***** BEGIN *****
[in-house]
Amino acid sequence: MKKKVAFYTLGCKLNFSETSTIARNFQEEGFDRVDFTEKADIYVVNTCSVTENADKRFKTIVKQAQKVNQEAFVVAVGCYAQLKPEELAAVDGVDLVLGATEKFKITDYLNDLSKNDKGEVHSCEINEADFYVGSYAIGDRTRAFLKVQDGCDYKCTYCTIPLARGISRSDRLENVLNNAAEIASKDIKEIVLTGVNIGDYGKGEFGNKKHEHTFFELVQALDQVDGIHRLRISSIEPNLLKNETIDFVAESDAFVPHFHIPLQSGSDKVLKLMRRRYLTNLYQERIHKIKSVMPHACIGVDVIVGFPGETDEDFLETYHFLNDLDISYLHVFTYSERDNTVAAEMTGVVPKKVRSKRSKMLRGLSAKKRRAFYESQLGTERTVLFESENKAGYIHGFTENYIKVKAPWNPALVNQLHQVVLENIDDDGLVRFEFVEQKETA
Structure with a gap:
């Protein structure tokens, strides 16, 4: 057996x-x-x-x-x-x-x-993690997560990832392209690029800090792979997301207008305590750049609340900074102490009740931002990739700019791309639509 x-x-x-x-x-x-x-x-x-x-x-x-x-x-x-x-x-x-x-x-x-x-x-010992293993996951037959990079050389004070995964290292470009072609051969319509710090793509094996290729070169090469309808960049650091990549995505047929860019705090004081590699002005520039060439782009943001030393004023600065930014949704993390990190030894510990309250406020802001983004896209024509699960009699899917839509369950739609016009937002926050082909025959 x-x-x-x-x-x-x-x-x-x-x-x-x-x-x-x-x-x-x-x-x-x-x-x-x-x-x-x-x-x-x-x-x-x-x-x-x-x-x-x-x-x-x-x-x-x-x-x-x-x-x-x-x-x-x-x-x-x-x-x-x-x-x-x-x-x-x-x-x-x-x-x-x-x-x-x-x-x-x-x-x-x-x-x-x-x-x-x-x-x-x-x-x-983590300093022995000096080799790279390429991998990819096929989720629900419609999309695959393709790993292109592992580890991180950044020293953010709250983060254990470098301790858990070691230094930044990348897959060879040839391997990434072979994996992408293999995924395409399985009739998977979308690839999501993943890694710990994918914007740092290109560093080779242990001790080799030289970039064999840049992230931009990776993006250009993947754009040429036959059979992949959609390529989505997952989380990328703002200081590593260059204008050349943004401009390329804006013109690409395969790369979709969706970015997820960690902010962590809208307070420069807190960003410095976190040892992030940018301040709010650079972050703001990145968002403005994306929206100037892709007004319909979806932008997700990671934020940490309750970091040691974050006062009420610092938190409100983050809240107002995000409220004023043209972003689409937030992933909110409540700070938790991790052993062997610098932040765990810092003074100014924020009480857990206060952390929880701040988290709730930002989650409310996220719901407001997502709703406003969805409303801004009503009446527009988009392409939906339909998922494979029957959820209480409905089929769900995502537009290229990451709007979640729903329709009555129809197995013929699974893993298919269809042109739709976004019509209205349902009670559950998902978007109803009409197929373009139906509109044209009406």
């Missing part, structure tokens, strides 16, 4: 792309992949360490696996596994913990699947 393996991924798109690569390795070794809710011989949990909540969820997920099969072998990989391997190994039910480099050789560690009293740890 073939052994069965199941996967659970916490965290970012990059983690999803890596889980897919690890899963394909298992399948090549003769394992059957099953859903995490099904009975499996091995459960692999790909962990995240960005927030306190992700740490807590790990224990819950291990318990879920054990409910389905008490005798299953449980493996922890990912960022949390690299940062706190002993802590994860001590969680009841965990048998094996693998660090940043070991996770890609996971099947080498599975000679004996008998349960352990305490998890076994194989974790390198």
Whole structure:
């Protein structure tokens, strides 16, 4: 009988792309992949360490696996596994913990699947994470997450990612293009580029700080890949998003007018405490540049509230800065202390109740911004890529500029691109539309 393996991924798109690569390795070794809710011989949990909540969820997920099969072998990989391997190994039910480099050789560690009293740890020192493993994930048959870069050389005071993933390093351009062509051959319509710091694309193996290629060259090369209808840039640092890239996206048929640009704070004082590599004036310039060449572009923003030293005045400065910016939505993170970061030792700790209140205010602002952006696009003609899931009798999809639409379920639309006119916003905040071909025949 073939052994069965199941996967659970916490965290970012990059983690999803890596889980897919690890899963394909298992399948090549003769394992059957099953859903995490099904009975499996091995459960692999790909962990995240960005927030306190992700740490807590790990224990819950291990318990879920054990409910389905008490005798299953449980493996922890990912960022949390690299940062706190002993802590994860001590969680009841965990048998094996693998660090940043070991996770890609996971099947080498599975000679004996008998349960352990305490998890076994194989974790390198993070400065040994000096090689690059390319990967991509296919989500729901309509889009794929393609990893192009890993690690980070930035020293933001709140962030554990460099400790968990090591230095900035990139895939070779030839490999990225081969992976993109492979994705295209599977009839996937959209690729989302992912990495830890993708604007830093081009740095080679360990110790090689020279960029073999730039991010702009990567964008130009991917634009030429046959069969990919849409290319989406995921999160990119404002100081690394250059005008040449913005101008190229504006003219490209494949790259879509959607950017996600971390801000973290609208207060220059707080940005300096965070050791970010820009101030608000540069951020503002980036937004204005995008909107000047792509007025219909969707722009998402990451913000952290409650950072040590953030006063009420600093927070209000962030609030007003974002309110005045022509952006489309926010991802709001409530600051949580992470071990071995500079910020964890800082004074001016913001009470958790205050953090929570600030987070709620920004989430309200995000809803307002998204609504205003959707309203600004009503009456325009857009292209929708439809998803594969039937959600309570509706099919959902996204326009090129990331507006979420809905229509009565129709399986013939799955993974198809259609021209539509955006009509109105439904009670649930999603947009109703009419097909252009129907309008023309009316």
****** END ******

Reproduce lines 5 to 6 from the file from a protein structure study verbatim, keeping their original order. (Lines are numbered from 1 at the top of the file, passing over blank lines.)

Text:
């Missing part, structure tokens, strides 16, 4: 792309992949360490696996596994913990699947 393996991924798109690569390795070794809710011989949990909540969820997920099969072998990989391997190994039910480099050789560690009293740890 073939052994069965199941996967659970916490965290970012990059983690999803890596889980897919690890899963394909298992399948090549003769394992059957099953859903995490099904009975499996091995459960692999790909962990995240960005927030306190992700740490807590790990224990819950291990318990879920054990409910389905008490005798299953449980493996922890990912960022949390690299940062706190002993802590994860001590969680009841965990048998094996693998660090940043070991996770890609996971099947080498599975000679004996008998349960352990305490998890076994194989974790390198």
Whole structure: